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Attempts to employ nucleic acids in gene therapy have become commonplace in …

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Nucleic acids that bind to target molecules
- Series Introduction: Emerging clinical applications of nucleic acids

The concept of using nucleic acids to bind to and inhibit the activities of target proteins grew out of early HIV gene therapy studies that employed RNA ligands, termed decoys, to competitively inhibit the activities of essential HIV proteins and in the process block viral replication (1). TAR and RRE decoys were expressed in cells to bind and squelch the activities of the HIV RNA-binding proteins tat and rev. Similarly, double-stranded DNA decoys have been employed to squelch the activities of a variety of transcription factors (2). The use of combinatorial libraries of nucleic acids and in vitro selection methods, termed SELEX, allow nucleic acid–based ligands (aptamers) to be developed as specific, high-affinity antagonists to virtually any target protein (3, 4). The ability to modify nucleic acids to enhance the stability and bioavailability of decoys and aptamers should allow these nucleic acid–based therapeutics to be administered in a manner more like traditional drug delivery than like gene therapy.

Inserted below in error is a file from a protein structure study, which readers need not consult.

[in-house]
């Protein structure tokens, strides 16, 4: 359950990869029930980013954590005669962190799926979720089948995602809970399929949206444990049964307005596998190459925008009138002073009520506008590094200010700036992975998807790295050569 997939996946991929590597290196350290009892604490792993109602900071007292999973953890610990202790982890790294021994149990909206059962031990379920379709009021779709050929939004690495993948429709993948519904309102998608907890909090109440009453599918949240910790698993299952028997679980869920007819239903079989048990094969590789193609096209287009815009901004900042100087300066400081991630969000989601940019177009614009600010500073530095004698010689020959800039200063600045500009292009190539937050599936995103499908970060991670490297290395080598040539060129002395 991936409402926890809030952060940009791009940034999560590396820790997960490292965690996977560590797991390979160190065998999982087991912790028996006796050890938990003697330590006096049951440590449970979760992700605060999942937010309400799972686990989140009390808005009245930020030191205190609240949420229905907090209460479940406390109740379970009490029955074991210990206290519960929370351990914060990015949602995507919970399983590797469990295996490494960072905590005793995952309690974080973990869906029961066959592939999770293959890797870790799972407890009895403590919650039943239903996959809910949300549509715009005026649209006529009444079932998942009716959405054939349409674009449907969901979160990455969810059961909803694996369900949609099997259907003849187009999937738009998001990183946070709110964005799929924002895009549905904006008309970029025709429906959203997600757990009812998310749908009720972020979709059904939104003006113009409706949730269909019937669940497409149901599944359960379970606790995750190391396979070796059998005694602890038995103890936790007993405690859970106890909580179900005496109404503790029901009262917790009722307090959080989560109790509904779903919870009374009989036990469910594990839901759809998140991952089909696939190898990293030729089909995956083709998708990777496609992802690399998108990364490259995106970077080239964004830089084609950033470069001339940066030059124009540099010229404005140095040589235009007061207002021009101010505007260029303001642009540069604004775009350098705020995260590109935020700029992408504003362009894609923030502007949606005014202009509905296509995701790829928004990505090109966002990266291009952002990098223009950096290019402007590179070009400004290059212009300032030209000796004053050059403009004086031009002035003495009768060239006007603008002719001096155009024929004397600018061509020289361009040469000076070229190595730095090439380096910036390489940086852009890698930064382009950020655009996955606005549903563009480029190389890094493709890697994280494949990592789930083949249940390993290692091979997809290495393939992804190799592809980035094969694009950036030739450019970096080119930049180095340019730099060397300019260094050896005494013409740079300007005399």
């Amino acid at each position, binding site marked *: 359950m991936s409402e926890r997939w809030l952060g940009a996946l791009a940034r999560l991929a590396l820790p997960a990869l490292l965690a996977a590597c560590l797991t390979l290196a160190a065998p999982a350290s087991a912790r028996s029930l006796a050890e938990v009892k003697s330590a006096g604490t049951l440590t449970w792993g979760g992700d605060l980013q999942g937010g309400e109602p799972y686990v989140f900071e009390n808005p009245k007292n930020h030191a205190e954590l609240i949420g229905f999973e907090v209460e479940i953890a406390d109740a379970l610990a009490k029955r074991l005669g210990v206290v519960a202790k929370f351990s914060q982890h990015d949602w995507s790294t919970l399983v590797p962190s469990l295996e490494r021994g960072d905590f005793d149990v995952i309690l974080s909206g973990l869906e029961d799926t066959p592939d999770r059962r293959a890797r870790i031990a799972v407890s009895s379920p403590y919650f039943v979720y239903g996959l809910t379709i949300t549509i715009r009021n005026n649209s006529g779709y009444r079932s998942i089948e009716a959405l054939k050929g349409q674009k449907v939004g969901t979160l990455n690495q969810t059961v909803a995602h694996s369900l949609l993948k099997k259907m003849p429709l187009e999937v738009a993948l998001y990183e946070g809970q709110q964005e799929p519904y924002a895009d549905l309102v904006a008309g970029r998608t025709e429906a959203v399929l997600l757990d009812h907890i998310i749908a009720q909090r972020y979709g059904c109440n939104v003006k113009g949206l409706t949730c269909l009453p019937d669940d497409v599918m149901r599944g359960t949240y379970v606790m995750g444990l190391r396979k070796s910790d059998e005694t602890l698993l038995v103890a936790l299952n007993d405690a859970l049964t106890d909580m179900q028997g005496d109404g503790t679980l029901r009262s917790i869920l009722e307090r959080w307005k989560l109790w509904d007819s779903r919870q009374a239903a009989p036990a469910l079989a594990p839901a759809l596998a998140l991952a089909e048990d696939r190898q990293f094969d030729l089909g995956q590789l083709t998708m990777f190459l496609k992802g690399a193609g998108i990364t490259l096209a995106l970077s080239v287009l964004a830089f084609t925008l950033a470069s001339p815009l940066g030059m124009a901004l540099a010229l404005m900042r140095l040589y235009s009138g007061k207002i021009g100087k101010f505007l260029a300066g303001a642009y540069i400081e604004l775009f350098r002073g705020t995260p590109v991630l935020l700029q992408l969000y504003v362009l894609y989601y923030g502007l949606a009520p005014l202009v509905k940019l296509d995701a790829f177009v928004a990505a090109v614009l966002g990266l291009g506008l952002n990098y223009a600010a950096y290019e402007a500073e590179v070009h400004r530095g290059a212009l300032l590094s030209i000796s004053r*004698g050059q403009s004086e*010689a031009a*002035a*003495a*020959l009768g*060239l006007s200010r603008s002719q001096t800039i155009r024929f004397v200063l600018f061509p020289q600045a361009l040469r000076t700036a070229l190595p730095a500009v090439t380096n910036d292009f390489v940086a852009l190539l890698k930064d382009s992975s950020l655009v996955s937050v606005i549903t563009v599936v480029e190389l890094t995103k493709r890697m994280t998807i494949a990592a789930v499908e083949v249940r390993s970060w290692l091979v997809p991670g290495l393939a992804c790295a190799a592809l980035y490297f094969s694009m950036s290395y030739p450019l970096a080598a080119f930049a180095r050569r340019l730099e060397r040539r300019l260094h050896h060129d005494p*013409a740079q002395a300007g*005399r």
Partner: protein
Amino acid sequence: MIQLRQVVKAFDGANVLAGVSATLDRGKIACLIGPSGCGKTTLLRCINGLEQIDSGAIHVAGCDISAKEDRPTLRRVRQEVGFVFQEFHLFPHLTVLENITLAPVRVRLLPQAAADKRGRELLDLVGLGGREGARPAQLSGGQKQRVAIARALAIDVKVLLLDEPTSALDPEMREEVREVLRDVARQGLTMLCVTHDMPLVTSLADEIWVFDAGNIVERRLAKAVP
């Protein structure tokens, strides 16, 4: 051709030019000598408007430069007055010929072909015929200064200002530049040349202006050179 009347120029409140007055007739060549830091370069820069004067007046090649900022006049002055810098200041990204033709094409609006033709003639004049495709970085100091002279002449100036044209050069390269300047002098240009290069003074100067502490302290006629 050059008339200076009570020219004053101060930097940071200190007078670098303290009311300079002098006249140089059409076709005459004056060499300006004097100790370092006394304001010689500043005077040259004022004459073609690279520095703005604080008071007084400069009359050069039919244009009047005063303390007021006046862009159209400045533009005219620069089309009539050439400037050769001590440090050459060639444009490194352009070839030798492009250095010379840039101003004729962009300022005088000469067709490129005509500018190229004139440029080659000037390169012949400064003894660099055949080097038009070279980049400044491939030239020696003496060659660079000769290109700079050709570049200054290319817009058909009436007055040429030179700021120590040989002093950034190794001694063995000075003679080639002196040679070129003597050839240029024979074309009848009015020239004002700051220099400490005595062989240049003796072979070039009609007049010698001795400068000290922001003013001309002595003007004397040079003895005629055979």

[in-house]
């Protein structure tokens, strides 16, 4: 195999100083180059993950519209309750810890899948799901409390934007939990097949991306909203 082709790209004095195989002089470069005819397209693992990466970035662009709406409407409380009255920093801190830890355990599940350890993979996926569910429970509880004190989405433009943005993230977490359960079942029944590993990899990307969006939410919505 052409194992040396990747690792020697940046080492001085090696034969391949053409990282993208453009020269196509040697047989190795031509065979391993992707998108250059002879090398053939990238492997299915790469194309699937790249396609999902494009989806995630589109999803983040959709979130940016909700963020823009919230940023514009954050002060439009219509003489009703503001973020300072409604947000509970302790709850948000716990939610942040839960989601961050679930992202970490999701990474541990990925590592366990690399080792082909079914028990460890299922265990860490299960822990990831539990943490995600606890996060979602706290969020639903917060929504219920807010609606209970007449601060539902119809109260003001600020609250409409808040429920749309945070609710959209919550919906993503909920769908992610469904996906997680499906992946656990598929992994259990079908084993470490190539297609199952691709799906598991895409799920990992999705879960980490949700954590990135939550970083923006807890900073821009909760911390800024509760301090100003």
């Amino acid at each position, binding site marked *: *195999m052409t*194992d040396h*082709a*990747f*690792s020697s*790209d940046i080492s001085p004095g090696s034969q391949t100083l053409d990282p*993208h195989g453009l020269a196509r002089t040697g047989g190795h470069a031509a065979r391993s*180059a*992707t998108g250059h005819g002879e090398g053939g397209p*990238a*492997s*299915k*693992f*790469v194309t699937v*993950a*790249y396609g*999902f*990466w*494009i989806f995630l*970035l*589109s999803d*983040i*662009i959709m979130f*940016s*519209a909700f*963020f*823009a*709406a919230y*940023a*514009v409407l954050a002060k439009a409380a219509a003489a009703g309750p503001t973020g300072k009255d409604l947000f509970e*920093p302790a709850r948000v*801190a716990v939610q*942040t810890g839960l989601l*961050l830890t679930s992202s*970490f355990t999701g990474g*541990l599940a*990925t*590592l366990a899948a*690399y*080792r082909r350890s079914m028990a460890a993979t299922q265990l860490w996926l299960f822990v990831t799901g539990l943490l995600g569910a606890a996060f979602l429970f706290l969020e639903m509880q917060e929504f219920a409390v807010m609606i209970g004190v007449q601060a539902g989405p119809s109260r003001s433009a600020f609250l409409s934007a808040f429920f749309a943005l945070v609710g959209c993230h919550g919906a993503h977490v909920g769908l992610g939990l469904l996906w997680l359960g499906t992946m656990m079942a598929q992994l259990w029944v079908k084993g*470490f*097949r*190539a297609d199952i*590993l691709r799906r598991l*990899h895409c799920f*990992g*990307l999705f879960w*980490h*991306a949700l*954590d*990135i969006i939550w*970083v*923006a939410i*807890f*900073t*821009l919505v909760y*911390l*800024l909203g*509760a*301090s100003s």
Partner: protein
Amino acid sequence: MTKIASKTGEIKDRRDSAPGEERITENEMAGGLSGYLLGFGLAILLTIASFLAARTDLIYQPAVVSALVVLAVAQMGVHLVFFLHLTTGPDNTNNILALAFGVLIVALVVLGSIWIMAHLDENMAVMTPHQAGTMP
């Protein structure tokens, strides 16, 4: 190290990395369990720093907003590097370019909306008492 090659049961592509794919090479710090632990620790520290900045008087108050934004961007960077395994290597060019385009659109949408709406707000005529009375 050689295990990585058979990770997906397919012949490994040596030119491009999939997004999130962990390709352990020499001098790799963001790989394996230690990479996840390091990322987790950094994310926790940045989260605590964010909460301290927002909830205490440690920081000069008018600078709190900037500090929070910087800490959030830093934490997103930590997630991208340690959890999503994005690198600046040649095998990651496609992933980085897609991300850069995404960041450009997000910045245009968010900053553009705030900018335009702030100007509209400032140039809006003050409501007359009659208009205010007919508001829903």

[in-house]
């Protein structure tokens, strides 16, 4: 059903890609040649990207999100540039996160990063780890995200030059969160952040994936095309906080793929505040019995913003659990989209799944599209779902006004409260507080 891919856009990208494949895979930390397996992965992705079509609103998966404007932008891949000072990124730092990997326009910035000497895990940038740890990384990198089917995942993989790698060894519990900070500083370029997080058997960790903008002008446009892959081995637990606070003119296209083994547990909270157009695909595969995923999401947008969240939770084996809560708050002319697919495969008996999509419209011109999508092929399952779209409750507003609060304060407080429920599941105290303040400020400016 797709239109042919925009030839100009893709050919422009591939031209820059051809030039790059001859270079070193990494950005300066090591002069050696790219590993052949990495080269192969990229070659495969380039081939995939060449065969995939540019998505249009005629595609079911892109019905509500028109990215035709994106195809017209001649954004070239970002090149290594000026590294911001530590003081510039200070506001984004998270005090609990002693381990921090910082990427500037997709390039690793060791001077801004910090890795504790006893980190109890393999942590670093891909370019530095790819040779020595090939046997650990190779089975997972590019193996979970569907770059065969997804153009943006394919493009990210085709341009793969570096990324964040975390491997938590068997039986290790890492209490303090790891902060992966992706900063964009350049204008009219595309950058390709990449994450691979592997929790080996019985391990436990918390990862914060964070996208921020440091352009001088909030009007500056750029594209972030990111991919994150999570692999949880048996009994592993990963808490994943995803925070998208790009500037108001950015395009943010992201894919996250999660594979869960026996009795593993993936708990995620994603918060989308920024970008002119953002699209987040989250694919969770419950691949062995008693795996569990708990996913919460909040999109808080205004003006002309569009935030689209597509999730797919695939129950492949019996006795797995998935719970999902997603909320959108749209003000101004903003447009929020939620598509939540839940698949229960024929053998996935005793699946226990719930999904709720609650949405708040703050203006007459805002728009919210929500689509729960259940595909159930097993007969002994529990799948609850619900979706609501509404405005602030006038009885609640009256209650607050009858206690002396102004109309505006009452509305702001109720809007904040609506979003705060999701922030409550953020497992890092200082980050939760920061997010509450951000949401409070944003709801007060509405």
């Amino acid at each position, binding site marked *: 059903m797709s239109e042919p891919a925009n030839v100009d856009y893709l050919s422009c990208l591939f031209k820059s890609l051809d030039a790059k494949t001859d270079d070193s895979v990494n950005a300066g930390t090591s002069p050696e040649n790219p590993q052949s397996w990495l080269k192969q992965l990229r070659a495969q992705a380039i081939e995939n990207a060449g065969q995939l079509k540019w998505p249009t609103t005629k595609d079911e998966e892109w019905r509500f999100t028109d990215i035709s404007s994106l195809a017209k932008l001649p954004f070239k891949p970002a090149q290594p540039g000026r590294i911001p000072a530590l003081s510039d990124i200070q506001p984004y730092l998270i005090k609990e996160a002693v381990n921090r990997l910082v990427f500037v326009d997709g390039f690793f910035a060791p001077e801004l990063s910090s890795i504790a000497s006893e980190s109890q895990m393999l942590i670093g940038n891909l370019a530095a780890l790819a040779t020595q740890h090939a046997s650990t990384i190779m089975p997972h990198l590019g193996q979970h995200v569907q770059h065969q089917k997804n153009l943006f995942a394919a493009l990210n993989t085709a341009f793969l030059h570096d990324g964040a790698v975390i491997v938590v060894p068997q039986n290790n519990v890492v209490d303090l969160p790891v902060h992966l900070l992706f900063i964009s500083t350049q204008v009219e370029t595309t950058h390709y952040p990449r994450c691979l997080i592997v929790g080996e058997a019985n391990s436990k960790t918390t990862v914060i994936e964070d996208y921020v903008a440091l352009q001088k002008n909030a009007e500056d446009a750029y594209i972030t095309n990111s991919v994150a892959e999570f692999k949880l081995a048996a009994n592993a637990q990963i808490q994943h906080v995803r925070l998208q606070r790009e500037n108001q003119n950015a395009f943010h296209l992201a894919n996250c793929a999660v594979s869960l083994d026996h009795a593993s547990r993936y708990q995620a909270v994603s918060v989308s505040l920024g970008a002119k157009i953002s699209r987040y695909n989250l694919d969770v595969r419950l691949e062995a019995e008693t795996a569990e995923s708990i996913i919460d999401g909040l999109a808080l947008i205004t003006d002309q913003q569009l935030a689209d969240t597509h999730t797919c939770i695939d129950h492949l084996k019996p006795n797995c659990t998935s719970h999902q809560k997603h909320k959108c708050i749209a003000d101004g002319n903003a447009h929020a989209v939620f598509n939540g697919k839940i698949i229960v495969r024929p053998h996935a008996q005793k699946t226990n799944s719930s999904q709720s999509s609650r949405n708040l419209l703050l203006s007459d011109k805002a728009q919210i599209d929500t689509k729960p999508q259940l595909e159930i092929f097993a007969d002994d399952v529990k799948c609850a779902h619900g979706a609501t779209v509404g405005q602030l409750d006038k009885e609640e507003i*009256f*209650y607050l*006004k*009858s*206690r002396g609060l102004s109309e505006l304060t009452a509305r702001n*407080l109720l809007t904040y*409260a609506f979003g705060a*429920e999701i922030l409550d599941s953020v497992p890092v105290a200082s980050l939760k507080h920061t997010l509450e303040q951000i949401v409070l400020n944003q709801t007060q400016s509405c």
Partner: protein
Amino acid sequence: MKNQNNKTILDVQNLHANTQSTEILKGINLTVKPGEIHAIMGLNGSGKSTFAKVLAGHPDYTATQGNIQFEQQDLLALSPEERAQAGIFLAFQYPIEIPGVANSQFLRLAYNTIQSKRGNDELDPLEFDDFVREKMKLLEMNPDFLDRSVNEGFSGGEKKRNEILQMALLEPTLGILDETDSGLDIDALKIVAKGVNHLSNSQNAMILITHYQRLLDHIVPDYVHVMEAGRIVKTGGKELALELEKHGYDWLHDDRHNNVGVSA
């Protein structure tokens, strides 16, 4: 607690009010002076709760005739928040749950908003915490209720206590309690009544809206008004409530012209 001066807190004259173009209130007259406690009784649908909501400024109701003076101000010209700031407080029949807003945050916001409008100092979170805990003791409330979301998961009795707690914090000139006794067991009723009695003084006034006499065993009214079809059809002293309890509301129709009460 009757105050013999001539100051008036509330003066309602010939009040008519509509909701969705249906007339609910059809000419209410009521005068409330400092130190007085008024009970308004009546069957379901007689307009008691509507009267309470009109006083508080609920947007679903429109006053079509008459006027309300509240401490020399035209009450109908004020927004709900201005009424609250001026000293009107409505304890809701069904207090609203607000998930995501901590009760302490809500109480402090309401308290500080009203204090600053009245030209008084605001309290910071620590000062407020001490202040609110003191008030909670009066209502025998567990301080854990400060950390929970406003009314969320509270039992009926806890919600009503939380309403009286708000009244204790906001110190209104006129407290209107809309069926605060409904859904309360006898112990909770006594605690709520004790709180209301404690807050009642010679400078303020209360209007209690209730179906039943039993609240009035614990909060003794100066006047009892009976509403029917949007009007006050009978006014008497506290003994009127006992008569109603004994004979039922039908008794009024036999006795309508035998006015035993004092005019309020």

Three papers in this series describe the development of therapeutic decoys and aptamers. Hicke and Stephens discuss the potential utility of aptamers as imaging reagents, and White, Sullenger, and Rusconi review the development of therapeutic aptamers. Finally, Mann and Dzau provide the reader with an overview of the transcription factor decoy approach and discuss results from early clinical trials using this therapeutic strategy.

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